Brian has been serving on his current case since 2010. His CASA child was placed in a foster home and has a good relationship with his foster mother. Brian is advocating for his CASA child to be placed there permanently, hopefully ending in adoption. His CASA child has physical and mental disabilities, and although he has his struggles with everyday life, he is doing great. Brian says when he visits his CASA child they have great conversations about sports, especially when talking about “The Saints”, since this is his CASA child’s favorite pro sports football team. Brian has a great relationship with his CASA child. Brian says that he talks to his CASA child about everyday life struggles including school work and reassures him that he is not alone. Brian is also going back to school for another Masters degree and shares his experiences with him. He makes him understand that he’s not singled out and that anytime he needs to talk, he is there to listen.

When Brian was asked what he would say to someone interested in becoming a CASA volunteer, his response was, “It’s a great privilege and honor to volunteer for such an organization. Children are the future. I get a wonderful feeling in knowing that I am able to be a part of this experience and see the child moving toward a better quality of life including a safe and permanent home, especially knowing these children have suffered with a history of abuse or neglect.”

Tangipahoa CASA Volunteer - Mollie Lynn


Mollie Lynn moved to Hammond in 1976 when her husband was transferred here for work. They have two children, a son and a daughter, who are now adults.

Mollie had heard about the CASA program while she was working as the Pupil Appraisal Coordinator for the Livingston Parish School System. She had also worked with children in the past as a social worker with child protection and had a special feeling for children that are in foster care. When she retired, she decided to become a CASA volunteer. She has been a volunteer for almost five years.

The most challenging thing for Mollie was getting in sync with her roll as a CASA volunteer although there are some similarities with her career as a therapist, counselor, and case manager.

Mollie’s first case was a child that had been in care since she was 6 years old. She was about 13 when Mollie took the case and remained on it until the child aged out. Although the child was very needy and tested her by running away from placements, she would not be pushed away. She did not lecture the teen but would talk about choices and consequences. Mollie said she would like to think she made a difference for this child.

When asked what she would say to someone interested in becoming a CASA, she responded,

“It’s very rewarding and challenging, but you know you are doing something worthwhile. To be there for them as a friend and mentor is very rewarding. You have to be committed.”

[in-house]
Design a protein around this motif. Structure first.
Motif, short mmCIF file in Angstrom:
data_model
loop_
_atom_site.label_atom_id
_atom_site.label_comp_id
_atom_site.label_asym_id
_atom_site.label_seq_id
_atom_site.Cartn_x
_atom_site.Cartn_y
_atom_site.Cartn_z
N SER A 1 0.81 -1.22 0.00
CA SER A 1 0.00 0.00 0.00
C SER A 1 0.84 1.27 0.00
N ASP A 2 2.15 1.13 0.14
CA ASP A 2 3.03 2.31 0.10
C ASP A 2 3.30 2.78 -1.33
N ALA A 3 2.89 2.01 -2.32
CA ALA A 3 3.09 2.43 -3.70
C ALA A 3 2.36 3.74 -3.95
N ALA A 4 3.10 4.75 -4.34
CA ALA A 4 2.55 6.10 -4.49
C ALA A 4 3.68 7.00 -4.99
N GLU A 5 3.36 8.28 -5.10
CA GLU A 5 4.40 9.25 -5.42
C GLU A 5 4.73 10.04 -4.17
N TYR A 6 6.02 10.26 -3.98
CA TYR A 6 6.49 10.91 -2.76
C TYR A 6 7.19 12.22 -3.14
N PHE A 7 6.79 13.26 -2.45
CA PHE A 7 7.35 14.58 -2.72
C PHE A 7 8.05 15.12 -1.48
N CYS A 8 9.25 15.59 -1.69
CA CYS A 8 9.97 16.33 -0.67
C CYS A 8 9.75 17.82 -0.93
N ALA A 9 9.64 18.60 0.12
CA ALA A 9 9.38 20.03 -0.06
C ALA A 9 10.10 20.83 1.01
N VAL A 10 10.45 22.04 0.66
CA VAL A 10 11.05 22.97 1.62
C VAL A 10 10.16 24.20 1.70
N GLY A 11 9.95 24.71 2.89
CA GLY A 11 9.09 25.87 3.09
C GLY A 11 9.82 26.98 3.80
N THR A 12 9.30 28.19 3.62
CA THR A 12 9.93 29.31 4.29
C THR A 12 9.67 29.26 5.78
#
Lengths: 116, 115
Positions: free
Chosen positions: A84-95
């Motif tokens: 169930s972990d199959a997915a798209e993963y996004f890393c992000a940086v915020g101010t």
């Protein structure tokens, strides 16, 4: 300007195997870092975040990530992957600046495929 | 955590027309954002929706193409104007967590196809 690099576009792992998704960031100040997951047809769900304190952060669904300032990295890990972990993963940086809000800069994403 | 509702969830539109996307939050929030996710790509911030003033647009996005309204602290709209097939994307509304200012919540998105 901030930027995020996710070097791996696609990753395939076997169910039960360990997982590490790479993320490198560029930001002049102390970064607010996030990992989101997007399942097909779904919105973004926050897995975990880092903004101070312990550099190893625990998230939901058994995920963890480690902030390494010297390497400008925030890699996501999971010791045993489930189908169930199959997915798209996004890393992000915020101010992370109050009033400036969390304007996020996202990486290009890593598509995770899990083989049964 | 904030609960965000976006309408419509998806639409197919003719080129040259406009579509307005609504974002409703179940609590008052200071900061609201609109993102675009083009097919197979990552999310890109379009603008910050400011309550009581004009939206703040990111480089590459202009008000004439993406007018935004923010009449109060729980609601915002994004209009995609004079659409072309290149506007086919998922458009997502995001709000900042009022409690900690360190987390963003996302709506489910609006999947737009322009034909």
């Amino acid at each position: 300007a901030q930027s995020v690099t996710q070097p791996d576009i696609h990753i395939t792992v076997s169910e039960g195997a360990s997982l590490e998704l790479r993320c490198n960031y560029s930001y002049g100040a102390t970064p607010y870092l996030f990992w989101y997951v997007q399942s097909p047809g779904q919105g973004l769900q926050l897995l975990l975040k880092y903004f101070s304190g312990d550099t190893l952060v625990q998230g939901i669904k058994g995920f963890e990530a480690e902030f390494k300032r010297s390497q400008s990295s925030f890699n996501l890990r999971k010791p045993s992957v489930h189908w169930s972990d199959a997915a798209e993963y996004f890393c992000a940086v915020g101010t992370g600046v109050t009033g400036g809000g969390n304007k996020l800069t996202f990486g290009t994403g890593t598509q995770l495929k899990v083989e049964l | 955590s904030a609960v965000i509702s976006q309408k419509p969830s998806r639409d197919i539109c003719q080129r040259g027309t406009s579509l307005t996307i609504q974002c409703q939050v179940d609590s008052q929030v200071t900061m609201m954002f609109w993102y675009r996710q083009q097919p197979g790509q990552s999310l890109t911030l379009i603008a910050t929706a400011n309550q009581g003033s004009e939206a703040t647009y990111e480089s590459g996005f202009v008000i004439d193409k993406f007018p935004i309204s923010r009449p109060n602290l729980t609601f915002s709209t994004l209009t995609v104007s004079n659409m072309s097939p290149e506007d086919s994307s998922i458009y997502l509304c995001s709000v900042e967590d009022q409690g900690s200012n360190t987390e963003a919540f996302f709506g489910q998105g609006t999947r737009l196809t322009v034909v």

Tangipahoa CASA Volunteer - Carolyn Guillory

Tangipahoa CASA Volunteer - Carolyn Guillory - Volunteer Spotlight


Carolyn Guillory is married and has one daughter. She has been a CASA volunteer for one year. Carolyn said it was something she had always wanted to do but didn't feel she had the time to commit. While looking in the newspaper when she was between jobs, she saw an ad about becoming a CASA volunteer. She had volunteered with other organizations before like the food bank and other similar organizations. Once she became aware of the CASA program and how many children were in foster care that needed a voice, she decided that she wanted to do this and felt like she could make a difference. She thought, “Who wouldn't want to do this?”

As soon as Carolyn was sworn in, she accepted her first case with two children that had been severely neglected. The children had never seen or played a board game before. Carolyn brought one to play with them and they didn't want to stop. They are so appreciative of anything and everything. “They look through the window waiting to see me and get so excited.”

The most challenging thing with the case is trying not to judge the parents and believe they can be rehabilitated to become good parents. One of the parents in her case is making progress.

Carolyn said that everyone with the CASA program has been a pleasure to work with. Even during the recent transitions, she felt like she was supported and knew someone was there if she needed it .

When asked what she would say to someone interested in becoming a CASA, she responded, “Most people don't think about the dedication it takes when they become a volunteer. It’s a part of my life and I will stick it out. It is possible to do this even if you have a busy schedule. It is worth it.”

Those Special People

By a Former CASA Child

When you feel like the world has turned their back on you
There’s that one person who steps in your life just for you
They show you love and care
And they promise to always be there
They teach us that there are good people out there
And that it’s okay to give those special people your heart to share
When everyone else you thought loved you have turned away
Those special people come into your life with the right words to say
They give you their word that they are on your side
They listen to your heart and love what’s on the inside
When tears roll down your face at night
Those special people come and hold you tight
They open their hearts and you open yours
And together you both create an indestructible bond
Those special people fill those empty places in your heart
And they put your heart back together like a special piece of art
Hold on tight to those special people because they will bring you far
They will help you no matter how hard
Those special people leave a special fingerprint upon your fragile soul
That can never be wiped away
And I’m proud to say that
You are one of those special people.

~Voice of the Broken Hearted~